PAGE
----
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Infosecurity Europe 2014 > Whistleblowing Keeps Security Under Scrutiny Says Hypponen

Hero or traitor? Mikko Hypponen, chief technology officer at F-Secure, discusses the Snowden case at Infosecurity Europe.
Hero or traitor? Mikko Hypponen, chief technology officer at F-Secure, discusses the Snowden case at Infosecurity Europe.
Revelations from whistleblowers including Bradley Manning and Edward Snowden have shed light on both government surveillance, and poor security practices, according to Mikko Hypponen, chief technology officer at F-Secure.
 
Speaking on the second day of Infosecurity Europe 2014, Hypponen argued that revelations from the two whistleblowers performed a public service, even if he is not personally sure whether Snowden is "a hero or a traitor". "I don't have the answer," he said. "I would like him to be a hero who sacrificed himself for us, but I am not entirely convinced that is the case."
 
According to Hypponen, Manning's case, which included revealing abuses committed by US troops in Iraq, was a clearer-cut case of whistleblowing. But Snowden's revelations have exposed a number of practices of Western intelligence agencies, as well as legal rules that allow surveillance, which need closer examination.
 
The revelations have also exposed the failure of Europeans to create viable alternatives to a US-dominated internet.
 
"Snowden's leaks have changed the world," he said. "We have learned about Prism, and other measures carried out by [Western] intelligence services. We have blamed the US for treating the internet as a colony.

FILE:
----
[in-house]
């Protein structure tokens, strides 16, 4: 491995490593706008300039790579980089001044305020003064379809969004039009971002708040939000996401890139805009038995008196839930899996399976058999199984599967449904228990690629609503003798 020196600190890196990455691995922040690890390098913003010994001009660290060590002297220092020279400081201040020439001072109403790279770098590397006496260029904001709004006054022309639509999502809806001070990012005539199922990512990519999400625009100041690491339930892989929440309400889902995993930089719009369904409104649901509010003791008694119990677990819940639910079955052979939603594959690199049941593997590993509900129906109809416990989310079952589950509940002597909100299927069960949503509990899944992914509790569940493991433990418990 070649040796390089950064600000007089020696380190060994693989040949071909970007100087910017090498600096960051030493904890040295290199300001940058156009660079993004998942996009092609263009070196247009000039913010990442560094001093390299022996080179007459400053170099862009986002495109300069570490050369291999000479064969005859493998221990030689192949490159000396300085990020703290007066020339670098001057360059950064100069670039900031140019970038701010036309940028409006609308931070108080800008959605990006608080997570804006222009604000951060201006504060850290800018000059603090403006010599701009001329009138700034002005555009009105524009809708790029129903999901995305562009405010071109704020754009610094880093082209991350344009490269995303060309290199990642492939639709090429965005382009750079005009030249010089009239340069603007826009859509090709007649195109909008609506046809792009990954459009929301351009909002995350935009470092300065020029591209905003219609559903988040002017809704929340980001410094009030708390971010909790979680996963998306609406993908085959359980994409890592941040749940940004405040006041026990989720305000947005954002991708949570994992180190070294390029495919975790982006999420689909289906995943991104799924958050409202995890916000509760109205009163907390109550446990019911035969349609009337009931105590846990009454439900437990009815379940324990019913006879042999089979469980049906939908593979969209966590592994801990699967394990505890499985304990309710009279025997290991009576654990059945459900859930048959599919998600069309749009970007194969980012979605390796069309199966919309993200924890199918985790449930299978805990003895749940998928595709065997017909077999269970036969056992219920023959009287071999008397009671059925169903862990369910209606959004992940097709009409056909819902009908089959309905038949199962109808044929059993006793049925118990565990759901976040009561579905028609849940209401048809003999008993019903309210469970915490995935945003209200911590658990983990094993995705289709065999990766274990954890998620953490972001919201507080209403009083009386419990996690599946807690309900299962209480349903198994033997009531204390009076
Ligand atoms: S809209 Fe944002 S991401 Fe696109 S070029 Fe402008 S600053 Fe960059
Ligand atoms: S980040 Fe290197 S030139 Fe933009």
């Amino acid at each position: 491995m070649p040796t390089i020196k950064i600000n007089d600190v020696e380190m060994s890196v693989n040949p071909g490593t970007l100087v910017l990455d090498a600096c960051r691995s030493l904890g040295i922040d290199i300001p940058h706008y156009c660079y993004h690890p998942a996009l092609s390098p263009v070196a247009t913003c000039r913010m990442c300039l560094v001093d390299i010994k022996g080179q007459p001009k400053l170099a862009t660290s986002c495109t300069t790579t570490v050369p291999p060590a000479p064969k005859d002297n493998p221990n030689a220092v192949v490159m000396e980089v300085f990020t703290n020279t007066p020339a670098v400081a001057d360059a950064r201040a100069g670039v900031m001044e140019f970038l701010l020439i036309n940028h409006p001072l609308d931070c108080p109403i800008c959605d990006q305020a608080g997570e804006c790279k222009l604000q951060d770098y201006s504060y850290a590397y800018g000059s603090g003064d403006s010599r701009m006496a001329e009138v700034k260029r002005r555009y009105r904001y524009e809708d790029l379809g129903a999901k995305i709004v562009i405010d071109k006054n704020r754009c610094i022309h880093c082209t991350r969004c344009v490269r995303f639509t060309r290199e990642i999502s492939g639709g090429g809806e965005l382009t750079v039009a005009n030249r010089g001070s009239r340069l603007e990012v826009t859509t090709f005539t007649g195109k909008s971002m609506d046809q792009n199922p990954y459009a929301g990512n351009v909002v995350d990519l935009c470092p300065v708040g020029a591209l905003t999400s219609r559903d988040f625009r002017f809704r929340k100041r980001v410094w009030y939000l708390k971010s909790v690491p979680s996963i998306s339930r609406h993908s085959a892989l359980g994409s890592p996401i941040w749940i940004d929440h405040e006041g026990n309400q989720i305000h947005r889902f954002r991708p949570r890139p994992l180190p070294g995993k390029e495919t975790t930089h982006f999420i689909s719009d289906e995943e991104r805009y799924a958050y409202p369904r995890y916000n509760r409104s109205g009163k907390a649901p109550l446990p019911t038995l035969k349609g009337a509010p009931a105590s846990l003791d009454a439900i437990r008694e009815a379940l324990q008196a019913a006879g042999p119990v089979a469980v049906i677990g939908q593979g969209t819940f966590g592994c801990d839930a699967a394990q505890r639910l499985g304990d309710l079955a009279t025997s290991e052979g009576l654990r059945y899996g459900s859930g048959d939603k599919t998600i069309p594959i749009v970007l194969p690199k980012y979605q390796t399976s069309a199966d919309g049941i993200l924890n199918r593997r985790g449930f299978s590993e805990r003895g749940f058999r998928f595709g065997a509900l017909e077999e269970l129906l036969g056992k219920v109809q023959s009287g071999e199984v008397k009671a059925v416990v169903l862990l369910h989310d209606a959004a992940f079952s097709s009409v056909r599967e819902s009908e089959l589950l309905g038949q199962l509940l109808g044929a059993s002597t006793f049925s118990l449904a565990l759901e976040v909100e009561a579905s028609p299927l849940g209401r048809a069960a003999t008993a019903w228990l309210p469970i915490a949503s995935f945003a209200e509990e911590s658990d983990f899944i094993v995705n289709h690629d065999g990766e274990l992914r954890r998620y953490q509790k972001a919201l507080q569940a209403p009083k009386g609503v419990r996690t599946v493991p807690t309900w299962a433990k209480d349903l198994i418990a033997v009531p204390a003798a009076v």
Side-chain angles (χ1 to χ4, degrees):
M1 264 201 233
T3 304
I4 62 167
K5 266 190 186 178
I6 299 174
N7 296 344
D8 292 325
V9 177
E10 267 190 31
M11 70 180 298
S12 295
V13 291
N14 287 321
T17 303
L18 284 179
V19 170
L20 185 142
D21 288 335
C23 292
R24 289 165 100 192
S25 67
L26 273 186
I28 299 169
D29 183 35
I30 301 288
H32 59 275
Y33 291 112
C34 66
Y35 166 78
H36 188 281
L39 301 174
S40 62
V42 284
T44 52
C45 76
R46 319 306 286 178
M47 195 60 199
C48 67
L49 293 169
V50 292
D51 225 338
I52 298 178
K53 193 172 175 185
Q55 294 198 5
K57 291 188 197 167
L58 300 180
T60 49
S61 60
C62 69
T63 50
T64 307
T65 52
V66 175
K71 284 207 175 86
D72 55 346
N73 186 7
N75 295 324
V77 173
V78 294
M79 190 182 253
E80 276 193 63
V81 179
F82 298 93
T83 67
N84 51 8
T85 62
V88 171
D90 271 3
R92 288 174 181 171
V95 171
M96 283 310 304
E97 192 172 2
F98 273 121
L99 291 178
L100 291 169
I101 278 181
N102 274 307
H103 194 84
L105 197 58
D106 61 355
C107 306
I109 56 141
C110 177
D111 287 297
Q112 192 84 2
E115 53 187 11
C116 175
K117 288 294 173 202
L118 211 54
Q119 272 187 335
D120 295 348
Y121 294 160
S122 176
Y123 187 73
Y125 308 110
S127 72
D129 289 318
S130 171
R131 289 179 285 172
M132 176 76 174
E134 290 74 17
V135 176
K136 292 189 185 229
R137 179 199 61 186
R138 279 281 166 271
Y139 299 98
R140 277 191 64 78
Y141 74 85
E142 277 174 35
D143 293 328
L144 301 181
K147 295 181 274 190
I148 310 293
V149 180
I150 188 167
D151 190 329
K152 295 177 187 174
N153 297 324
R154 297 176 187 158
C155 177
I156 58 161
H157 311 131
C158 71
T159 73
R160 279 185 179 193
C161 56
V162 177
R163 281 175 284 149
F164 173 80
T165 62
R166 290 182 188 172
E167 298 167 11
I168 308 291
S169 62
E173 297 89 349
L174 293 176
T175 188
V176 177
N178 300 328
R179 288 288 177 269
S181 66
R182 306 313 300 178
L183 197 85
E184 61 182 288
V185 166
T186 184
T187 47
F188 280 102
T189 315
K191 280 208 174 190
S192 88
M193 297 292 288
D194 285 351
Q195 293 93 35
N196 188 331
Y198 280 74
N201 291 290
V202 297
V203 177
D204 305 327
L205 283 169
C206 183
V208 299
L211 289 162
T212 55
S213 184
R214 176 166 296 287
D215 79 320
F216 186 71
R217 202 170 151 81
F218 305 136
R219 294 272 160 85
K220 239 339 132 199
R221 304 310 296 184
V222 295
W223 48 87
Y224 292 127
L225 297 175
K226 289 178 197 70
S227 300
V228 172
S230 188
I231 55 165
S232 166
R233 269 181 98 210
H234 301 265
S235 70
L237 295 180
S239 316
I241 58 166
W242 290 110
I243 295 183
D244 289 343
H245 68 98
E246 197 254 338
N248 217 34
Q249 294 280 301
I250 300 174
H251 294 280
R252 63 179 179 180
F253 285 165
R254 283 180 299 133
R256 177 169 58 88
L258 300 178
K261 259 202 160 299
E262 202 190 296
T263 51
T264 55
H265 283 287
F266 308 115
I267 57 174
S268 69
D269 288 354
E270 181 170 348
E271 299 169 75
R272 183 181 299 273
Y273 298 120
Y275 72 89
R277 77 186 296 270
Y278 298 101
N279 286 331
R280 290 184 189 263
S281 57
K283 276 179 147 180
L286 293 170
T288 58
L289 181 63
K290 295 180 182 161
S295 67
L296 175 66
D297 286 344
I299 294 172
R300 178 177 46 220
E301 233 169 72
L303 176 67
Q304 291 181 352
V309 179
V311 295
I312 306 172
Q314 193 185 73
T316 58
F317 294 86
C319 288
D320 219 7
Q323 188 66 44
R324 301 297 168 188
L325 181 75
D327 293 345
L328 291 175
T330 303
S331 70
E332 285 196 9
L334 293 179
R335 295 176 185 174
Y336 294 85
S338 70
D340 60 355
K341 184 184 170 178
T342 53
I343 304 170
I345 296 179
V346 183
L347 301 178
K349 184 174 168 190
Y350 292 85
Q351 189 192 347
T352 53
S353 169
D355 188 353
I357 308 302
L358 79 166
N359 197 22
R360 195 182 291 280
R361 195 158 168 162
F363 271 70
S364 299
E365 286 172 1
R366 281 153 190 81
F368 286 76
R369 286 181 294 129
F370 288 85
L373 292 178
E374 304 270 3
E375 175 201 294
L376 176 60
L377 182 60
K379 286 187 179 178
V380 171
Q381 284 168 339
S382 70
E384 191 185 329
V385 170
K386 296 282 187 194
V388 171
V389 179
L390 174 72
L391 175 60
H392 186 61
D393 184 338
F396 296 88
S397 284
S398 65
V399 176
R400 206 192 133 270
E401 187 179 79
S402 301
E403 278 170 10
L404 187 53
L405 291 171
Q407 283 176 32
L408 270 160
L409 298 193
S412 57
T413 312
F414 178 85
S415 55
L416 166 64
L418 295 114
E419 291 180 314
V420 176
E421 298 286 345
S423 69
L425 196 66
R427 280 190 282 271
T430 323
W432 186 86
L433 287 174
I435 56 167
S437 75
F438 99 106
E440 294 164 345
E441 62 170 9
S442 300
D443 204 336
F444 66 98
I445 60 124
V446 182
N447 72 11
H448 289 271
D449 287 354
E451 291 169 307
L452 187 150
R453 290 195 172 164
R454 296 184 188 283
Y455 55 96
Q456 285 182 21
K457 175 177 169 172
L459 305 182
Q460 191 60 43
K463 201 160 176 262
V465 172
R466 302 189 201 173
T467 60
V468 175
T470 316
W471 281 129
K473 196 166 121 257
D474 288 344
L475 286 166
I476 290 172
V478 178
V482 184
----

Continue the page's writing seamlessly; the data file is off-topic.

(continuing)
"But a lot of this, in many ways, is our own fault. The fact is that as Europeans, we've been unable to provide alternatives to US services. We keep using US online services even though we know they are under surveillance, that the US has the right to look at our emails, or location based information from our cellphones, if they pass through the US. We still use those services. Why? Because there is no alternative."
 
He added that there are few, global-scale internet companies based in Europe, and that entrepreneurs quickly head to Silicon Valley to fund their start ups.
 
But Hypponen also said it was wrong to accuse Snowden of damaging the US technology industry; rather, he has shed light on practices that were already common. "Blaming Snowden is misplaced. It is the same as blaming Al Gore for climate change."
 
Businesses, though, should be aware that they may be under surveillance, and that electronic records are not just vulnerable to government monitoring, but also intrusion by private groups, including hactivists. This could force organisations to think more carefully about how their actions would look, if made public.
 
"Leaking can be done by employees and insiders," he said. "If an employee knows they can leak information without getting caught, you only have one option left: do no evil.
 

"There are two megatrends. There is blanket surveillance by governments, but the same technology means we are watching over governments too."